Garganelli with Salmon and Prawns

Two places you should never allow me to enter without somebody keeping a close eye on me: 1) a charity shop, and 2) a good delicatessen.

In the first I’m liable to walk out with an armful of old cookery books, and in the second I’m prone to loading myself up with obscure liqueurs (oh yes, I have a growing cocktail and aperitivi obsession) and obscure foodstuffs that catch my eye – like garganelli pasta (pictured below).

I never fail to be amazed at the way that plain old pasta can taste so different just because the shape of it is different. The shape and decoration of pasta can indeed offer a different ‘mouth feel’, fooling your palate somewhat*, but the real difference is that various shapes catch and hold sauce in different ways.

This recipe is a classic example of that. You can substitute penne for the garganelli if you don’t have a deli near you that stocks it, but it will be a very different dish. The quill shape of the garganelli catches and holds the seafood and tomato within it, while the external grooves allow the sauce to collect and stay attached while you bring it to your mouth.

Make it with penne, and while it is still delicious, you have to spend the effort of gathering all of the different elements together on your fork, for each and every mouthful. Even so, this is well worth making even if you only have penne – spend the effort, you will be rewarded.

Garganelli

* If you think this is mumbo-jumbo, there is a fascinating book – ‘Gastrophysics’ by Professor Charles Spence – which examines the ongoing research into how we actually experience flavour, and how inventive chefs such as Heston Blumenthal are using that science to enhance their food, without changing the food itself.


RECIPE serves 4 

350g salmon fillets

200ml dry white vermouth

a small handful of fresh basil leaves, plus extra for garnish

150ml double cream

6 ripe plum tomatoes, skinned and finely chopped

350g garganelli

125g king prawns


METHOD

Pour the vermouth into a wide, shallow pan with the basil leaves and some seasoning. Bring it to the boil, then put the salmon fillets – skin side up – into it, cover it and hold it at a very gentle simmer for four minutes. Carefully remove the fish and set aside to cool slightly.

Add the cream and tomatoes to the vermouth in the pan and bring back to the boil, then reduce to a simmer and leave it to reduce and thicken for twenty minutes.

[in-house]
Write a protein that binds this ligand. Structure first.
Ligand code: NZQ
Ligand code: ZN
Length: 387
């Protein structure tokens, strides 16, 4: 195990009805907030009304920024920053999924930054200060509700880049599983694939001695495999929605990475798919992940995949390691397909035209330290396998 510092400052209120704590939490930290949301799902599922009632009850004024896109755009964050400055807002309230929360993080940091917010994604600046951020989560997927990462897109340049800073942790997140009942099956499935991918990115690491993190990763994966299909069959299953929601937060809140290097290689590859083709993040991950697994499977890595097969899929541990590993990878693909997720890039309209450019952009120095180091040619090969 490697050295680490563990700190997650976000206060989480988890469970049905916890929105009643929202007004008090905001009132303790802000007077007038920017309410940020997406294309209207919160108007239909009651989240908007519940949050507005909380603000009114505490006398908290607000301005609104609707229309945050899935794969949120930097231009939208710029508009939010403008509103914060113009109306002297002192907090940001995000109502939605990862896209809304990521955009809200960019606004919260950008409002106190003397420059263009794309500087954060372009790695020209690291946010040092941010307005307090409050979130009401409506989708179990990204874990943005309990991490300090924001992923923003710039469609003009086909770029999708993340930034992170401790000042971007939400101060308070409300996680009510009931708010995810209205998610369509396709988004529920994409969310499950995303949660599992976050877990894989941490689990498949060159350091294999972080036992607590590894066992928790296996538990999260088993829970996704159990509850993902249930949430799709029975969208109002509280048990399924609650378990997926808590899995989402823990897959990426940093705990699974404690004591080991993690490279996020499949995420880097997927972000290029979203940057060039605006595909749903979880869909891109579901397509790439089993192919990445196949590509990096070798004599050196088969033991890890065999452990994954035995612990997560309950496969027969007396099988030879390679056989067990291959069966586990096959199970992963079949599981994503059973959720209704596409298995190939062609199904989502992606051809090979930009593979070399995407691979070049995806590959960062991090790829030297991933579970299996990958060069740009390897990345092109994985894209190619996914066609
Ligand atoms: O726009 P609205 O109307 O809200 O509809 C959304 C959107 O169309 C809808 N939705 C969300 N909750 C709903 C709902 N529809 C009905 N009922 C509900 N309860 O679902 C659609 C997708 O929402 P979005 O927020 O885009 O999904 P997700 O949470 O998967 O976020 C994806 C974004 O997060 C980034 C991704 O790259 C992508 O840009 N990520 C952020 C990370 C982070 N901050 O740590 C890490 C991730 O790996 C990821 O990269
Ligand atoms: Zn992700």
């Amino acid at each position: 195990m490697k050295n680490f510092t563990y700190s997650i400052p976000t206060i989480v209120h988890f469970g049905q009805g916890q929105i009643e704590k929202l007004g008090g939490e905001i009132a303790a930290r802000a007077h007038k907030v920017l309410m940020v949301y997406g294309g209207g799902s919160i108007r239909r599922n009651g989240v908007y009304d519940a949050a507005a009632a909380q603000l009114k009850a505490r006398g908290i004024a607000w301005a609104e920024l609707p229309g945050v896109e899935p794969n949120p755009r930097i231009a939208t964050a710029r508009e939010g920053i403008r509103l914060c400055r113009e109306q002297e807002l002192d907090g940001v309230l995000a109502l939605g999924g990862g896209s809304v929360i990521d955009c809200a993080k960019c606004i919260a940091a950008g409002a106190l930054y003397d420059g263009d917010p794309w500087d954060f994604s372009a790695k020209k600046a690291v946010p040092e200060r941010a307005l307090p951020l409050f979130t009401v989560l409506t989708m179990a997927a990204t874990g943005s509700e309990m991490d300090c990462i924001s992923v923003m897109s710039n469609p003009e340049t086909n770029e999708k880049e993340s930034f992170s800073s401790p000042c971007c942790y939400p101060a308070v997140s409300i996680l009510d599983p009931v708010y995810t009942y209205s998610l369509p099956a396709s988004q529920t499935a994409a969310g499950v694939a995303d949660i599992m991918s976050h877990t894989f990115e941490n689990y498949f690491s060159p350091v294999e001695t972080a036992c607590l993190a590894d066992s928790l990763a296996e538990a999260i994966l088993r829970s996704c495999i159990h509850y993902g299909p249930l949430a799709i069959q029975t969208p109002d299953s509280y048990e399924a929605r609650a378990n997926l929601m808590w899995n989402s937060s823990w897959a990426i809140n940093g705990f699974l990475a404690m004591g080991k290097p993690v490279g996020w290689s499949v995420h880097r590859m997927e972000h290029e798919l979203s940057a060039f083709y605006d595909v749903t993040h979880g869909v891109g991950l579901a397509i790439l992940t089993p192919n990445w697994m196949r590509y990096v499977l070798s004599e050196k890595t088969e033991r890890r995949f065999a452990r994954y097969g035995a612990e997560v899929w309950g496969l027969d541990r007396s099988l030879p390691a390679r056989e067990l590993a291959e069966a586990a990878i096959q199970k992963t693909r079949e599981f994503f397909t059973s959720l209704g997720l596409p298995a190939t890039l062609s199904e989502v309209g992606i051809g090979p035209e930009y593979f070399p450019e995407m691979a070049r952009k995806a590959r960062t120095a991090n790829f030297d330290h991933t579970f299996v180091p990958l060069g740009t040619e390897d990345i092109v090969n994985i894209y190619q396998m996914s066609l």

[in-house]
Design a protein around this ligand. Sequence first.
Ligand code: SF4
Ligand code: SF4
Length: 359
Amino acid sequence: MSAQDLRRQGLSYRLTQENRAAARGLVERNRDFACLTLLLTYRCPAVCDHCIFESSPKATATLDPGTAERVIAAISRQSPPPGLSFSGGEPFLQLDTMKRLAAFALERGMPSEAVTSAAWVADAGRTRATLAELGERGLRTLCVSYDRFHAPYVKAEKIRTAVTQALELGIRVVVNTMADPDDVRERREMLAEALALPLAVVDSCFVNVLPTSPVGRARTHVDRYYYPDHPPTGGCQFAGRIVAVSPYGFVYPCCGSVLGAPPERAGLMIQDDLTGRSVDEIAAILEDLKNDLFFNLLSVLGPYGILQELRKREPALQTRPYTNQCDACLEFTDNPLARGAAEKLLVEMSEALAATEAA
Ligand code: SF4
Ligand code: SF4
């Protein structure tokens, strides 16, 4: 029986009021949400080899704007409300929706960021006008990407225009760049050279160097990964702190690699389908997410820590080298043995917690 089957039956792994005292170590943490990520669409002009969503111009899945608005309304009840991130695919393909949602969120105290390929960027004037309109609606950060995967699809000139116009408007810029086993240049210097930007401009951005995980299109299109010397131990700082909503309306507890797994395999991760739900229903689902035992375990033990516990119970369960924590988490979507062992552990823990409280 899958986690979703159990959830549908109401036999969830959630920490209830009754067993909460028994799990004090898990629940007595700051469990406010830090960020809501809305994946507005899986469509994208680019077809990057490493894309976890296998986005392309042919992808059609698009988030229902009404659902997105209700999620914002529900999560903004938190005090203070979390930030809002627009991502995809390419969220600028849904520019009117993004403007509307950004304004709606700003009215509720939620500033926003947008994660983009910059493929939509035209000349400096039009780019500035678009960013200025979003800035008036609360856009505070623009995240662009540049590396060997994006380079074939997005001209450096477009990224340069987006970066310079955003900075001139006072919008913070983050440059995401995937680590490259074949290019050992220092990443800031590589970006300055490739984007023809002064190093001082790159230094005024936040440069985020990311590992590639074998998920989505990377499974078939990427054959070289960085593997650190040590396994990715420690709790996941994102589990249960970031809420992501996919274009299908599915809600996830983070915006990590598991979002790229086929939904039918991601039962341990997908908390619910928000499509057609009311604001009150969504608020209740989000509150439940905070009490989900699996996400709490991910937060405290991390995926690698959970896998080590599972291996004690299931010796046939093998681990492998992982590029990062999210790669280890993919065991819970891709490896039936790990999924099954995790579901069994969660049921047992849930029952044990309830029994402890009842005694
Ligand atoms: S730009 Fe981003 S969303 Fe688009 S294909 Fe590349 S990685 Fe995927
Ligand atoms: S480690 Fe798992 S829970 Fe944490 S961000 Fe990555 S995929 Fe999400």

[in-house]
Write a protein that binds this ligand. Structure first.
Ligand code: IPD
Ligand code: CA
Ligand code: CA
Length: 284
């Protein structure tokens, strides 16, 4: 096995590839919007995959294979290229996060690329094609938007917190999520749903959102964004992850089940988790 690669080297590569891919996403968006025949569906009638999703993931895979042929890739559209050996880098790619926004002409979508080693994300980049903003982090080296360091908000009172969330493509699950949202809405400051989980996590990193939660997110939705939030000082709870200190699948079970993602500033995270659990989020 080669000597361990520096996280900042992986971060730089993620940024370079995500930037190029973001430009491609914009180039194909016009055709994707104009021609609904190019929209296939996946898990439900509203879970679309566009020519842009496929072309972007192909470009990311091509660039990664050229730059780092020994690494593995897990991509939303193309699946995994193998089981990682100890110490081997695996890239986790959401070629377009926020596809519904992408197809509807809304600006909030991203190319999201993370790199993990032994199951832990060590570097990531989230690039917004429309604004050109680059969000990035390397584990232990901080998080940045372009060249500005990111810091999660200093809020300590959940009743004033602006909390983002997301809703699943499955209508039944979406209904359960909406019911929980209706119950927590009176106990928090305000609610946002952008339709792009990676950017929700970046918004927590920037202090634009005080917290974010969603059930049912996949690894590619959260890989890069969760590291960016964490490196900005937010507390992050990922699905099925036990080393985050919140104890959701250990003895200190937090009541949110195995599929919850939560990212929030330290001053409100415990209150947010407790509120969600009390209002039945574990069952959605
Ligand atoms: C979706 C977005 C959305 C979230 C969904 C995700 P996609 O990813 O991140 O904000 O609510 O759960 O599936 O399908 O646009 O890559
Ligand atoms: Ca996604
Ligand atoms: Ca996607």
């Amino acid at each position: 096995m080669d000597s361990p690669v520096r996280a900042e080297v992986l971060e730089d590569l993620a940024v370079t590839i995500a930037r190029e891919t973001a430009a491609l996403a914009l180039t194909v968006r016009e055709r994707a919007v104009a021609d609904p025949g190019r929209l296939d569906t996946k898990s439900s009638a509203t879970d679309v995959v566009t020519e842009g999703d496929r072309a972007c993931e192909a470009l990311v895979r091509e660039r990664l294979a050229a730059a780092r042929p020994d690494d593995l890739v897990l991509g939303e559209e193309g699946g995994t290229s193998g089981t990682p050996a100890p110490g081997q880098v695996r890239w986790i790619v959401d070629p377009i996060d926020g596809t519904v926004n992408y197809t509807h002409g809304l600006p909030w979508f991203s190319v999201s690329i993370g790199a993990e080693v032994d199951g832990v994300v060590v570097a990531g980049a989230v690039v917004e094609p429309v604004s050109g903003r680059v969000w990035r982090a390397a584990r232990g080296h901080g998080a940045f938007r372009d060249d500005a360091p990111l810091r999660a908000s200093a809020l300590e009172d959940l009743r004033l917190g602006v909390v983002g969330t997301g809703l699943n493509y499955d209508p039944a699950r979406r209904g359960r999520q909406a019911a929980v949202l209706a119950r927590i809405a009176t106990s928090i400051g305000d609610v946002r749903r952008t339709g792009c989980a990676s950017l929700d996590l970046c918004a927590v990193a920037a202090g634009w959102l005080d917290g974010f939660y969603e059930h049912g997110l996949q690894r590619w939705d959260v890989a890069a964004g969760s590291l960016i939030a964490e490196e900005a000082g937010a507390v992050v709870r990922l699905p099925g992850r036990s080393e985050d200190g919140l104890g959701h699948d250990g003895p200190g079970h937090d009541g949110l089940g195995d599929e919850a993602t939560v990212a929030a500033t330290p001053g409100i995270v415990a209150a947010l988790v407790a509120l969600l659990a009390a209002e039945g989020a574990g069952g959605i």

Meanwhile, cook the pasta in a large saucepan of salted water at a rolling boil. Cook until the pasta is just al dente. My pasta takes just under ten minutes, so I set it going ten minutes into the sauce reduction time.

Just before the pasta is ready, check and adjust the seasoning of the sauce then put the raw prawns into the hot sauce to cook, and flake the salmon into large pieces then add that to the pan together with the drained pasta.

Toss well so everything is coated in everything else, scatter some more basil leaves over the top and serve immediately. This is best accompanied by a bowl of rocket dressed with a little lemon juice.

Pasta in Parchment with tuna, tomatoes and potatoes

Quite often, the deciding factor in my cooking a recipe I haven’t tried before is that it is in some way unusual, therefore offering a chance for me to learn something new. I spotted this recipe in Ursula Ferrigno’s ‘Truly, Madly, Pasta’ and the idea of cooking pasta in a paper bag was too intriguing to ignore.

You can’t really go wrong with Italian food, it is largely based on simplicity, using fresh ingredients and flavourful aromatic combinations. Pack all that into a paper bag, so all the flavours and aromas are locked in… well, how could it go wrong? Even if I did manage to somehow get it wrong, I would have a salvageable basis for another meal at the end of it.

My only real concern was the pasta. It is part-cooked before going into the paper, and once in the paper there is no way to test if it is done until you serve it, so I was totally reliant on the recipe-writer getting her timings right.

I needn’t have worried, the pasta was cooked perfectly, the only amendment I made to the original recipe was putting the tuna steaks in raw (Ursula Ferrigno pre-cooks those as well). As it stands now, this is a delicious, versatile, quick and easy midweek pasta recipe that also has the ‘wow!’ factor when you bring it to the table.

You can leave the potatoes out if you wish, they are primarily there to add textural interest, but with them left in this is a hearty dish indeed.